A towel or light leather gloves are often necessary for hedgehog (Atelerix albiventris) restraint since the spines can cause some discomfort in all but the tamest pets. Spines become uncomfortable when the hedgehog “puffs up” as a defensive behavior while hissing and spitting. Techniques to unroll the hedgehog have been described, however these techniques tend to work best on hand-tame pets. General anesthesia is generally required for complete physical examination of the hedgehog, however subdued lighting in a quiet room may help put the conscious hedgehog at ease.
Mice (Mus musculus) are very active, and quick to jump away. To avoid chasing a darting mouse around its enclosure, scoop the pet into a small container like a cup. Transfer to a small, clear container will then facilitate visual exam. Like hamsters, mice have a large amount of loose skin around the neck, shoulders, and back. Gently grasp the tail base to pick the mouse up, then scruff it in a manner similar to that described for hamsters.
Rabbits (Oryctolagus cuniculus)are usually very docile creatures. Rarely, a rabbit will thump its feet and nip. With improper restraint, rabbits that struggle or kick are in danger of a broken back or leg. This is due to their relatively lightweight, delicate skeleton paired with extremely strong, well-developed back and leg muscles. Always restrain rabbits on a non-slip surface such as a large, heavy towel or pad. Many cooperative rabbits can be lightly restrained by petting them and gently holding them, making sure they do not jump off the table. If more restraint is necessary, wrap the rabbit in a towel or tuck the head between the side of your body and your arm. Use the other arm to support the rabbit’s body against your own body. Essentially it looks like you are tucking a football against your body (Fig 4). Rabbits will kick away from the restrainer when returned to a cage. To reduce the risk of kicking and injury, return the rabbit to its cage with the rear end first.
Most pet rats (Rattus norvegicus) are good-natured, friendly animals that are used to being handled. They can simply be picked up and gently supported during physical examination. If more restraint is necessary, place your thumb on one side of the rat’s head and your index finger on the other side while still supporting the body. Alternatively place a forefinger just beneath the jaw on one side of the head and place a thumb beneath the opposite elbow gently yet firmly pushing the forelimb up towards the rat’s face. Rats can also be gently scruffed if necessary. When handling rats that are not tame or used to being handled, gently grasp the tail base to temporarily catch the patient before restraining it.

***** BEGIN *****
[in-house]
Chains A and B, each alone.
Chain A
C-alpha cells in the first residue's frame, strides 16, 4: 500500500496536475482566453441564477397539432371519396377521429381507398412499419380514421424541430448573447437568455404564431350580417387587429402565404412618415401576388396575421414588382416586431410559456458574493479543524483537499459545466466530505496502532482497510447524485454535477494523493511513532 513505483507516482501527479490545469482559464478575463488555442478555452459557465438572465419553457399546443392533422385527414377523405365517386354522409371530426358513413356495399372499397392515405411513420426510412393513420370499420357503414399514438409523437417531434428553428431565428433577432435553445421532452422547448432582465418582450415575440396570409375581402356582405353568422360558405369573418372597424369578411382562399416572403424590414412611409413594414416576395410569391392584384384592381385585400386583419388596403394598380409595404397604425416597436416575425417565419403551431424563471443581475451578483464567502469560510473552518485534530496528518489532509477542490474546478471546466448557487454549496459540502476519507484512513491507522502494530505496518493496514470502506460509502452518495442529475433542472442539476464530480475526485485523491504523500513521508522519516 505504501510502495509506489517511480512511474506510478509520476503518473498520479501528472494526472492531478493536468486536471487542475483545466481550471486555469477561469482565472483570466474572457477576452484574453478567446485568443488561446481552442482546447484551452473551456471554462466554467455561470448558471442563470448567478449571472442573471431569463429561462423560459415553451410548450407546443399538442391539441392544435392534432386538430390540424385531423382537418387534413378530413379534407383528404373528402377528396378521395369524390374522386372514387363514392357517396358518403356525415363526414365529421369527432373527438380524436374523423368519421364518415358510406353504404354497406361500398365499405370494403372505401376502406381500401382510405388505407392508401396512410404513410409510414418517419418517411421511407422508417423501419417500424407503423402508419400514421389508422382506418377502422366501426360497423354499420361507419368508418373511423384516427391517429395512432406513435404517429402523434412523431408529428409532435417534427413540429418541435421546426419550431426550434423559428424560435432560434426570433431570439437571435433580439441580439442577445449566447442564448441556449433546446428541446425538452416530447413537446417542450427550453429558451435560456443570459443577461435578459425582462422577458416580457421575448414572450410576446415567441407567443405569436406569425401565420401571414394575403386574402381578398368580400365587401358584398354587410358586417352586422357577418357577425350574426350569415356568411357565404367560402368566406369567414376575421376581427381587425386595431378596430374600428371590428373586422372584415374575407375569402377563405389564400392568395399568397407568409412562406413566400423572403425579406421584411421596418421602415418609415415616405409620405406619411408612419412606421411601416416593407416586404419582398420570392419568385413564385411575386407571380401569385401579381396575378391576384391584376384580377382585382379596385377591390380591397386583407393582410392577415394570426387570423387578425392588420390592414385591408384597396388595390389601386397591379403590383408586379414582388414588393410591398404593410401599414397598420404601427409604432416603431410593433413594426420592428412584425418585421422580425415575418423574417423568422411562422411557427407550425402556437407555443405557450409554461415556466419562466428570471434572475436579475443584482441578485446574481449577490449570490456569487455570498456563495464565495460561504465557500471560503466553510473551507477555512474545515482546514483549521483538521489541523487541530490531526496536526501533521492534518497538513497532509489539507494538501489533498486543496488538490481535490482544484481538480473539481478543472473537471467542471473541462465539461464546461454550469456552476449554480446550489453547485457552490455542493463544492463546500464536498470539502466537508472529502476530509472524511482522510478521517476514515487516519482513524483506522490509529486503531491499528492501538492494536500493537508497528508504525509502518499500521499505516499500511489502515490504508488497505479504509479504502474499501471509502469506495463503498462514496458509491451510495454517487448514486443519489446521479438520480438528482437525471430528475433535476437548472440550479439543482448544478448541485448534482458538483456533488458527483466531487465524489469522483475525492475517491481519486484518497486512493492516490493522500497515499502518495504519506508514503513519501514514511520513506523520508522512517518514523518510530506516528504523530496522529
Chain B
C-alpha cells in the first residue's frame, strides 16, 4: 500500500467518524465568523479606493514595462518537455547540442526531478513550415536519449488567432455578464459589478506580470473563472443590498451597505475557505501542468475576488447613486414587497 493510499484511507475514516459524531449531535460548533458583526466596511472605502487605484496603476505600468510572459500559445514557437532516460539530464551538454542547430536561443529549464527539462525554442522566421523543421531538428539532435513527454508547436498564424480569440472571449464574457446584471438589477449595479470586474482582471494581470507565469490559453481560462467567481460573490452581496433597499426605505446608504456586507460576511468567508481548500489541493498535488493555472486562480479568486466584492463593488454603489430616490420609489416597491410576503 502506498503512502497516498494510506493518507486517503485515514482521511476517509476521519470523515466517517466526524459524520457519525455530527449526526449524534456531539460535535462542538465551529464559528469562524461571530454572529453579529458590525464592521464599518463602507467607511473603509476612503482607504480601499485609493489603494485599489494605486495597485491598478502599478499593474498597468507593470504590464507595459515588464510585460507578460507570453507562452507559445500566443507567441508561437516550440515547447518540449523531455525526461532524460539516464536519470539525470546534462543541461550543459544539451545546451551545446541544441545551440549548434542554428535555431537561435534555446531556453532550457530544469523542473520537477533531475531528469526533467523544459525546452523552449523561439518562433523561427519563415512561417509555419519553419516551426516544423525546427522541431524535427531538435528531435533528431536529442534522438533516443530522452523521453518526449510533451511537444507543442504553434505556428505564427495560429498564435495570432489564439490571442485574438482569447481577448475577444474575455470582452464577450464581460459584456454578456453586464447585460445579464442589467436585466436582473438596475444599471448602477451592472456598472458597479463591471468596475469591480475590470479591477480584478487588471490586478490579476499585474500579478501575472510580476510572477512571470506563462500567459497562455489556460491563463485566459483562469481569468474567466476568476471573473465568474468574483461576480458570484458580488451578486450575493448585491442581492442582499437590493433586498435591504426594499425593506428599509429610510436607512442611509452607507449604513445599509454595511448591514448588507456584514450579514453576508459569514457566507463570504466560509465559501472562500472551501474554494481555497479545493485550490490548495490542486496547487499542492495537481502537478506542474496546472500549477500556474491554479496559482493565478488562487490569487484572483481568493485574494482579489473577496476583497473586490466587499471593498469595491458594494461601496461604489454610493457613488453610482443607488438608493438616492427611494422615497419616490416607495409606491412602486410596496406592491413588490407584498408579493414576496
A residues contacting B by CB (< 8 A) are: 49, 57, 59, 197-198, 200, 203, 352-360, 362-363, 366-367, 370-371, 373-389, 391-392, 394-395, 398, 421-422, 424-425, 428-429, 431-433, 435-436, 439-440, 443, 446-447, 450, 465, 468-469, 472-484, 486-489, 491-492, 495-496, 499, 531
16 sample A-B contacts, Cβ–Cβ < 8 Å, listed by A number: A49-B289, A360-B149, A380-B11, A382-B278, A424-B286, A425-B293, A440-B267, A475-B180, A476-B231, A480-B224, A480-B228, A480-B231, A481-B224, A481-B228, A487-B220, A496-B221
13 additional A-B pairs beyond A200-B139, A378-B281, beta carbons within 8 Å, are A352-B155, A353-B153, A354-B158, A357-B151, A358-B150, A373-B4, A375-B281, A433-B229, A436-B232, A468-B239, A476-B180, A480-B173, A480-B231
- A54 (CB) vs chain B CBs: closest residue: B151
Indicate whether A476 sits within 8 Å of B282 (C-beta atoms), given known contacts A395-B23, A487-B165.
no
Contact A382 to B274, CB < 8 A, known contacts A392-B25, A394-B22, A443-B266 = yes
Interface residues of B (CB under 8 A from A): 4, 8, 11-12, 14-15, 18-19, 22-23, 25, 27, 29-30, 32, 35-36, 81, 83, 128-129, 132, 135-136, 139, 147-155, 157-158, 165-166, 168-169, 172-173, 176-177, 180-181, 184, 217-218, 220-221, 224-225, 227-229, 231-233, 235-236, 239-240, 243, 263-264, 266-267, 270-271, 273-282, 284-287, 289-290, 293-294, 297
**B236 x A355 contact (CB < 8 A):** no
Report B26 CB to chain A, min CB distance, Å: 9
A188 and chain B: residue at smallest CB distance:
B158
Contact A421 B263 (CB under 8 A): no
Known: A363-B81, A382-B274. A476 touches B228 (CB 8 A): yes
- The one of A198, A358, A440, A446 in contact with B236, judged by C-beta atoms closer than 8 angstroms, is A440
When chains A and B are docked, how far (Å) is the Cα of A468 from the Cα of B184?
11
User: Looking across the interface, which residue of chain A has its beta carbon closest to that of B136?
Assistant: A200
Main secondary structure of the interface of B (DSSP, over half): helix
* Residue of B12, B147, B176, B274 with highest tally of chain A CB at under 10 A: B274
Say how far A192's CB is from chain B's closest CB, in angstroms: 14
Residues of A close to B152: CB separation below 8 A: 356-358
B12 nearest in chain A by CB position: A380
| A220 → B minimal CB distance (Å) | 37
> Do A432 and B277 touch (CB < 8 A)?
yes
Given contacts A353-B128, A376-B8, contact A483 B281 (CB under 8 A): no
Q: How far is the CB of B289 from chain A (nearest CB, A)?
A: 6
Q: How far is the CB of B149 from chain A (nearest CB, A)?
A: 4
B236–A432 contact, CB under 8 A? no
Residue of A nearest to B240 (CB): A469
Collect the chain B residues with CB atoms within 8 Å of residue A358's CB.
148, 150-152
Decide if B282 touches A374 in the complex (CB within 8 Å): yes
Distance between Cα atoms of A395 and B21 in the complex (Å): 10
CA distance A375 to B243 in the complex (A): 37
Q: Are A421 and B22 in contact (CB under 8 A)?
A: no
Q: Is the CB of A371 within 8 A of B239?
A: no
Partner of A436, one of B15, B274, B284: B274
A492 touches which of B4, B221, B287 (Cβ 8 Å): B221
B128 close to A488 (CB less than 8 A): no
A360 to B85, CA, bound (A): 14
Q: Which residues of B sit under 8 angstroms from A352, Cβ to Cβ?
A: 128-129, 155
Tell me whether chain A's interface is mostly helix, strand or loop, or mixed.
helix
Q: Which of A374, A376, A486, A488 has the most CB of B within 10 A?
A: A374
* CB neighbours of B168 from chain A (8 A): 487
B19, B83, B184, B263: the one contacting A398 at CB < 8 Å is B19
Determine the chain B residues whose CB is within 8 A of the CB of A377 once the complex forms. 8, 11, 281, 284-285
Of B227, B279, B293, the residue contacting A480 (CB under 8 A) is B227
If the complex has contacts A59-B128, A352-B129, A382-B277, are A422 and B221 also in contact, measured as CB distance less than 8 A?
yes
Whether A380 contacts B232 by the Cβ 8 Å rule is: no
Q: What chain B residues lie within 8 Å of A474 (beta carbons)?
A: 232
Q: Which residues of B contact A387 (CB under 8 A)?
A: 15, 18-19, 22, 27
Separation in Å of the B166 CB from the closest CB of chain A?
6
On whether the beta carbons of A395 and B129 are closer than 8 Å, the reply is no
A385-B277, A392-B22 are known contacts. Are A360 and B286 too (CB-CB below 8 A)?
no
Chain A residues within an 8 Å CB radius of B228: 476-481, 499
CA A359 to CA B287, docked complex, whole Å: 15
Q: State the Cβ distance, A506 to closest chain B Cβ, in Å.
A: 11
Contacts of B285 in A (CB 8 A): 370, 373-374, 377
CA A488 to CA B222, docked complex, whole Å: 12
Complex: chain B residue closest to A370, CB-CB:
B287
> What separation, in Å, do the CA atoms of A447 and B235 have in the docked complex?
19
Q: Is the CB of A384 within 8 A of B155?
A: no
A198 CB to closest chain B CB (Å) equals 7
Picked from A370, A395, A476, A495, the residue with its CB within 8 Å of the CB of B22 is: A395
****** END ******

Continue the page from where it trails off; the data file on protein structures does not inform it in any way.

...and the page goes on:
Sugar gliders (Petaurus breviceps) are easy to handle, but difficult to restrain. Sugar gliders do not tolerate being scruffed. They also vocalize loudly, resisting holds strenuously. Some individuals will even try to bite.
To manually restrain a glider, grasp the tail base while allowing the glider to hold onto a surface with its forefeet. Then place your thumb on one side of the glider’s head and your index finger on the other side while still supporting the body. Use of a towel or light leather gloves can prove helpful in some individuals. Light general anesthesia (e.g. sevoflurane or isoflurane anesthesia) is necessary for complete examination.
Consider the difference between approaching a predator like the ferret versus prey species like rabbits and rodents. Prey species can become easily stressed in an unfamiliar environment and should always be approached calmly and quietly, striving to minimize stress whenever possible. In some species such as the sugar gilder and hedgehog, all but the most cursory examination will require general anesthesia. Always consider beforehand the risk of potential injury to oneself or to the patient. Some patients may try to jump off of the examination table such as chinchillas, rabbits, and mice. Others may likely bite if roused from a deep sleep or when pregnant, such as the Syrian hamster and ferret respectively.